APPLETON (NBC26) -- Halloween is set to go on as planned in Appleton after a committee voted against a resolution that would cancel trick-or-treating this year.
After some debate the majority of the Appleton Safety & Licensing Committee denied a motion at its meeting Wednesday night that would cancel trick-or-treating entirely due to COVID-19 safety concerns.
Committee members and other alderpersons said that type of action shouldn't be up to the city.
"I don't think we need to legislate. I think we need to educate and communicate," Ald.Corey Otis, District 15, said while discussing the resolution. "If people want to go trick or treating, it's a tradition we need to help them do safely."
The city and Appleton Health Department released guidance on how to safely celebrate Halloween this year. Kurt Eggebrecht, health officer with the Appleton Health Department, said in a letter to the Safety & Licensing Committee they don't recommend people trick-or-treat in the traditional sense. People that are high risk shouldn't participate and should leave porch lights off. Kids should only trick-or-treat with household members and should wear face coverings, social distance and use hand sanitizer frequently.
Instead of handing out candy the traditional way, the health department suggests people offer goodie bags or spread candy out on a table so trick-or-treaters can grab it and go.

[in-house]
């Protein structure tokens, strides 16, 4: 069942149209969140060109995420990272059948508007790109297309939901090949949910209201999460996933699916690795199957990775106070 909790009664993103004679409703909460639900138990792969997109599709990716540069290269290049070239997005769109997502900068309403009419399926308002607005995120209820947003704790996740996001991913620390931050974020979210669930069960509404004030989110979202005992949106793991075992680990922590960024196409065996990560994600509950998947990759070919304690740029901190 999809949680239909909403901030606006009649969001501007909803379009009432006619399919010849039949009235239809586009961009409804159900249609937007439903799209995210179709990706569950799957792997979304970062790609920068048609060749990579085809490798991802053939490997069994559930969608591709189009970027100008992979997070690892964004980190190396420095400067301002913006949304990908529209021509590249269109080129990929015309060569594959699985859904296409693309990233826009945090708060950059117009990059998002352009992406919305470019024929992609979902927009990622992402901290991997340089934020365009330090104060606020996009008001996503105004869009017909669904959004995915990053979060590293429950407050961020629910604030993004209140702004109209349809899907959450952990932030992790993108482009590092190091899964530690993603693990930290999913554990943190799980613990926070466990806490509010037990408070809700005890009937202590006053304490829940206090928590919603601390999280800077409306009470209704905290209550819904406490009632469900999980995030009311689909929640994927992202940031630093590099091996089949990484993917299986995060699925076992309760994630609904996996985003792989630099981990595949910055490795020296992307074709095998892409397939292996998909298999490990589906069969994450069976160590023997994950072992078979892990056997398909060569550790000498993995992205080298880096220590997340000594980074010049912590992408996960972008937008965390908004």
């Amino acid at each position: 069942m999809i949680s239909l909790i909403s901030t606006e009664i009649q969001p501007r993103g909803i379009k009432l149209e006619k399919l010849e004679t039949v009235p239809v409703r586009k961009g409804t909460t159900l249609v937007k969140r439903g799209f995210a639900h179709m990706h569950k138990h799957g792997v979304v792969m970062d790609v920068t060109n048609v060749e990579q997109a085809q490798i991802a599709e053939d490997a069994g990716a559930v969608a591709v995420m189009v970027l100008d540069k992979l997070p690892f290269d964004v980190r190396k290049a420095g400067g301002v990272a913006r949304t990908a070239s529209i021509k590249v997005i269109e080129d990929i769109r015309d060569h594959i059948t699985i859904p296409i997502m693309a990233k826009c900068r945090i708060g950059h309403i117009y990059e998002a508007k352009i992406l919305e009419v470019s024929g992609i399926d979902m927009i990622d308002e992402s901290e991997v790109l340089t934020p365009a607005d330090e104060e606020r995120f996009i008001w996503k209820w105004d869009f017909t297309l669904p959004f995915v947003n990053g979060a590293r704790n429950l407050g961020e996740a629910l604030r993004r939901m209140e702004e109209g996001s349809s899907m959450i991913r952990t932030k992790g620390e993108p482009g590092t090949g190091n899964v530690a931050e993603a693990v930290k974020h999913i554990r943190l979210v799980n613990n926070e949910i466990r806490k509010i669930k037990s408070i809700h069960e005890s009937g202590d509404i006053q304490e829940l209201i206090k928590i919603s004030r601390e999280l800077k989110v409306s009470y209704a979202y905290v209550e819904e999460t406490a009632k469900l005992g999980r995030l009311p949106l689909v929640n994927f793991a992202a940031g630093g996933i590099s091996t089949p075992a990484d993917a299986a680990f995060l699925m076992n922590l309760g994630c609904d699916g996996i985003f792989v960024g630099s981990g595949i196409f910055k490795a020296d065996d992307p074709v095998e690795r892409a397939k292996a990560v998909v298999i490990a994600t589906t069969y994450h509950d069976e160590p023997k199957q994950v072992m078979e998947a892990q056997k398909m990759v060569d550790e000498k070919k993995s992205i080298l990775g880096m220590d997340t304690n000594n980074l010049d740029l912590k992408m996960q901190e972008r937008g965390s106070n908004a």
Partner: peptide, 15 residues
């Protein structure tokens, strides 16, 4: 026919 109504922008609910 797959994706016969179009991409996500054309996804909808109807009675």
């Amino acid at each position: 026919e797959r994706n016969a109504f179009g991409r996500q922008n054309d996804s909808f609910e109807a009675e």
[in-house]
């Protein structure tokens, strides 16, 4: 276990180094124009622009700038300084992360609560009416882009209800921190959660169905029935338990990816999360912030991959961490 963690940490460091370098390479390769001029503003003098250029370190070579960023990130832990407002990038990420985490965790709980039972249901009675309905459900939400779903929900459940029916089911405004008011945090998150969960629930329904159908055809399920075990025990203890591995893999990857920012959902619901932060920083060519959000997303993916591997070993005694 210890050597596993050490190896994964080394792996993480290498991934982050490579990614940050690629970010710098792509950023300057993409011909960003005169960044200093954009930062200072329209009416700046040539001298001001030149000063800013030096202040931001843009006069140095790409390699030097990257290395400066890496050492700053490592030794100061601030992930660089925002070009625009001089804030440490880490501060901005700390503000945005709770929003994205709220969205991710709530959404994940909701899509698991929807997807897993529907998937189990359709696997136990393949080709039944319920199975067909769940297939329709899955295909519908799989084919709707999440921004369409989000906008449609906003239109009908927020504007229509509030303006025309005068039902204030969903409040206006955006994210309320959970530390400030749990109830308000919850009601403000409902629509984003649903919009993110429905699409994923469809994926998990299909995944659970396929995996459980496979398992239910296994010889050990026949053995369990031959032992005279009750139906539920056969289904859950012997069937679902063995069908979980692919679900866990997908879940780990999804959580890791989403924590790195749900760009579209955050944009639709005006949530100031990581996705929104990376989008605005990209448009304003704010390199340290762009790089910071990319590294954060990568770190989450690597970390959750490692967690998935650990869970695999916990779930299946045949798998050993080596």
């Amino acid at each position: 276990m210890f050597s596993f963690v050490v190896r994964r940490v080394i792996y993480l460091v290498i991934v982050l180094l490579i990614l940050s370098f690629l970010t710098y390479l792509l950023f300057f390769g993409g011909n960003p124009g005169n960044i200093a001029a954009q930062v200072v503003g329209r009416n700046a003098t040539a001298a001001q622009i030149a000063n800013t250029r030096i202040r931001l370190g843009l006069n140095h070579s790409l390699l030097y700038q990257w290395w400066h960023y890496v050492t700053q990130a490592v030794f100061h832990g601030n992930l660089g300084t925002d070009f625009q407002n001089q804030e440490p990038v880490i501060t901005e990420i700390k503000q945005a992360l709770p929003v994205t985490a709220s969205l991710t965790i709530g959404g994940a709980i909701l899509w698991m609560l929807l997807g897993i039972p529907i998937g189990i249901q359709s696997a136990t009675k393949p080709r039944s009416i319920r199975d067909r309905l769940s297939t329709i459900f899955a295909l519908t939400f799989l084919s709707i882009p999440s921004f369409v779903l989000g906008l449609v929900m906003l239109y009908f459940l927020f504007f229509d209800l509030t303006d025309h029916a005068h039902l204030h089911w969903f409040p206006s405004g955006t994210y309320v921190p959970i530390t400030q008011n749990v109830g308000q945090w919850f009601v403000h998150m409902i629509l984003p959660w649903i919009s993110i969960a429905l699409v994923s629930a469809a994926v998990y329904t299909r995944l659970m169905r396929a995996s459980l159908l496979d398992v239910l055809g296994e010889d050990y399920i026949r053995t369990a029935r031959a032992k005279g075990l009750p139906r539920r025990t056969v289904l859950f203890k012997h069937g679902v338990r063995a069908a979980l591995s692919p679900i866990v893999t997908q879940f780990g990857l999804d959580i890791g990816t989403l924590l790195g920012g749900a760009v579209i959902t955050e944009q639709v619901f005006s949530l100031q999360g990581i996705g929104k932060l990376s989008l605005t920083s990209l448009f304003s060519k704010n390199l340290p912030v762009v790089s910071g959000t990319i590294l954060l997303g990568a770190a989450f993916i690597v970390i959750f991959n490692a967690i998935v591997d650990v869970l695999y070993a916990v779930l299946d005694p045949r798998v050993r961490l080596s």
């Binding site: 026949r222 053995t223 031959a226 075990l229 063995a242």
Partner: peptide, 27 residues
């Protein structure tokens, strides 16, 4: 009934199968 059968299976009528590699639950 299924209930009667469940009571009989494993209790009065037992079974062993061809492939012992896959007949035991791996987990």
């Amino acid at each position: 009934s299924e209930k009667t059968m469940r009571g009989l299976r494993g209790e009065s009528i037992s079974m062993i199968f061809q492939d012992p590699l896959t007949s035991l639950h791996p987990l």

Eggebrecht said in the letter while staying home would be the safest way to prevent the spread of COVID-19, the health department believed traveling to other areas to trick-or-treat could cause a greater risk.
Ald. Joe Prohaska, District 14 shared how his family plans to safely participate in Halloween trick-or-treating.
"My wife and I bought these bags with the little handle on them. We're going to fill them up this weekend. They'll be sitting untouched for two weeks so any little buggers that are on there are going to be dead by the time the kids get them," Prohaska said.
The CDC lists traditional trick-or-treating as high risk and a grab-and-go style with individually wrapped goodie bags and social distancing as moderate risk.
"Trick or treating is not safe. It's a great spreader," said Ald. Michael Smith, District 10.
Smith introduced the resolution to cancel trick-or-treating in reaction to the emergency health declaration given by Appleton and the counties of Calumet, Outagamie, and Winnebago Health Departments as well as the surge in COVID-19 cases.
While skepticle of the pandemic at first, Smith said he's now seen friends and colleagues test positive for the virus.
Although happy there's more discussion on trick-or-treating safety, Smith said people should also consider doing Halloween activities at home.
"There are other alternatives to knocking on doors for somebody else's candy and who knows - somebody else's virus," Smith said.
The failed resolution will be sent as a recommendation to the Common Council, which will be reviewed at their meeting at 7 p.m. Wednesday.